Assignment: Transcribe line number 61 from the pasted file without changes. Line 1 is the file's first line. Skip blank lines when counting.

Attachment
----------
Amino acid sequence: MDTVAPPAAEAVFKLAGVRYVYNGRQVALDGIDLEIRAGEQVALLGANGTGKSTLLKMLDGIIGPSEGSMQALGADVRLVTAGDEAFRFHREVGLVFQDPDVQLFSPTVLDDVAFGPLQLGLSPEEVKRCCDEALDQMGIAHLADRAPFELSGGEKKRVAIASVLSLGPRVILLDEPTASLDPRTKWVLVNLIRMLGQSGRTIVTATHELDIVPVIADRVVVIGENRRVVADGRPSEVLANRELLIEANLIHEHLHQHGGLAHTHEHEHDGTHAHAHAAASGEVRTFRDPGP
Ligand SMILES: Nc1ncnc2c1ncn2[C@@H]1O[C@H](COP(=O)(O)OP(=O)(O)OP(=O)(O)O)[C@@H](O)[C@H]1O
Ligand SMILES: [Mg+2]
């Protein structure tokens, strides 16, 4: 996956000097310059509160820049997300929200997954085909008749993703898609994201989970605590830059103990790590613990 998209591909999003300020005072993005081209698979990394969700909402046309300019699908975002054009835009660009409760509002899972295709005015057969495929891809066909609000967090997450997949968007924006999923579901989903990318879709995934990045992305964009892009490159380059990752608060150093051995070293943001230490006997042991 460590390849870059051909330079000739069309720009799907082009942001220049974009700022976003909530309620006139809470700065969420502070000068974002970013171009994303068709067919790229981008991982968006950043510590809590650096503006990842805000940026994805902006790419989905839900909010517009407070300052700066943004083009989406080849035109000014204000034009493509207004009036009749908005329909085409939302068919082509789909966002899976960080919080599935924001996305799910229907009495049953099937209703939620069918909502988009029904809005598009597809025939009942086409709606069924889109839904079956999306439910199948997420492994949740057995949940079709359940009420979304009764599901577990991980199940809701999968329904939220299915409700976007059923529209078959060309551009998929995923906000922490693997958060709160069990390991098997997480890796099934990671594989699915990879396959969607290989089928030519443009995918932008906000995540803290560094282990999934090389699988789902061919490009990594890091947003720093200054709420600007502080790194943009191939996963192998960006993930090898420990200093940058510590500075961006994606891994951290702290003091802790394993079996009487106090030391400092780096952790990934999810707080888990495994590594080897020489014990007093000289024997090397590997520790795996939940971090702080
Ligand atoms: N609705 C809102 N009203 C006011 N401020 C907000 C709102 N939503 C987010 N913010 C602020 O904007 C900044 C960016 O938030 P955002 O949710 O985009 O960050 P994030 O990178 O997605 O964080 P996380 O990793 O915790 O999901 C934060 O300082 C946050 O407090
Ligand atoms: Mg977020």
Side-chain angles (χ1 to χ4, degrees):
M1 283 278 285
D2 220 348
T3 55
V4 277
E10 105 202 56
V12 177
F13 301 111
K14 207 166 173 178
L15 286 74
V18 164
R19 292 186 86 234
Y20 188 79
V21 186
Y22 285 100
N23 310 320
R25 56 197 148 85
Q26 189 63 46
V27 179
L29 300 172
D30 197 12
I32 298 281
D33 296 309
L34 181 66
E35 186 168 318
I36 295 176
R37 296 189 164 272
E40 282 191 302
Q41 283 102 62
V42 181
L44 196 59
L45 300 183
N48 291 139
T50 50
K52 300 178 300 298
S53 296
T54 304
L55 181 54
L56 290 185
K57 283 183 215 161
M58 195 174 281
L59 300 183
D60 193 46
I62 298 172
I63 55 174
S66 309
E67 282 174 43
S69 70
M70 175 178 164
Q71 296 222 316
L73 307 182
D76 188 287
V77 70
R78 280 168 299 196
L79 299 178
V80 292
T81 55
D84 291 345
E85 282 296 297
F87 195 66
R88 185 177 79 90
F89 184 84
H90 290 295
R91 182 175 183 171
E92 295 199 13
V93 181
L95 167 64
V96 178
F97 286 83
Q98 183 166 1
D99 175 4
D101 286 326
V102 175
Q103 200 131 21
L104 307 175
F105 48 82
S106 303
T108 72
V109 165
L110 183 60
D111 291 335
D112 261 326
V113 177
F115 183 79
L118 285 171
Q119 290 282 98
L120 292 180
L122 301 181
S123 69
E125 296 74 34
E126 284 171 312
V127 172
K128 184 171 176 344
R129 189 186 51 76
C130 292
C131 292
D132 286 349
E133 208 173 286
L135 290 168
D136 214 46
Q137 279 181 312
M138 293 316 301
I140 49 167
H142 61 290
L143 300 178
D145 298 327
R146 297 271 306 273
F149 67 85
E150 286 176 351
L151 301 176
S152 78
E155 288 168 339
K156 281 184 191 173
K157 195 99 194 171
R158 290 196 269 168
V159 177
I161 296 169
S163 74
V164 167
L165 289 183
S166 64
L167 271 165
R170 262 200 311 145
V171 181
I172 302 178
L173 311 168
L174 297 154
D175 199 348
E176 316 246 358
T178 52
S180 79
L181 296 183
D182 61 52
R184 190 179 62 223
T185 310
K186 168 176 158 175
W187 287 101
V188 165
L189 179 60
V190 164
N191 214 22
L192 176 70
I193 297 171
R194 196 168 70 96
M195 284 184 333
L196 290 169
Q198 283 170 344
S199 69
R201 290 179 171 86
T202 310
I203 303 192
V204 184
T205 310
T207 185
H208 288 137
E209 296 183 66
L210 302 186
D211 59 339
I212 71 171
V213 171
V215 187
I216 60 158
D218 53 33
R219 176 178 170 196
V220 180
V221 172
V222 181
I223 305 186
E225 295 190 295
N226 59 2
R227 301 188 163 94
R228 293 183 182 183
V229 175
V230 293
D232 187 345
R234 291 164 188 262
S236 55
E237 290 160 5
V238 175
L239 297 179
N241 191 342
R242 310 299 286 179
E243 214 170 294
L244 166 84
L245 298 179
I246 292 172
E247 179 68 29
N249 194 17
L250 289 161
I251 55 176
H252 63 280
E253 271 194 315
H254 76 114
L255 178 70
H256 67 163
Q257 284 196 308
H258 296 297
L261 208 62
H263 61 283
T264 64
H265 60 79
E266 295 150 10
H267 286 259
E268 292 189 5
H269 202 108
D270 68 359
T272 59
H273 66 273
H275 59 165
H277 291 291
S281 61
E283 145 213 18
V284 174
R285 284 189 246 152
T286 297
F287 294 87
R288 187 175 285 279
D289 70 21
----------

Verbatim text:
L79 299 178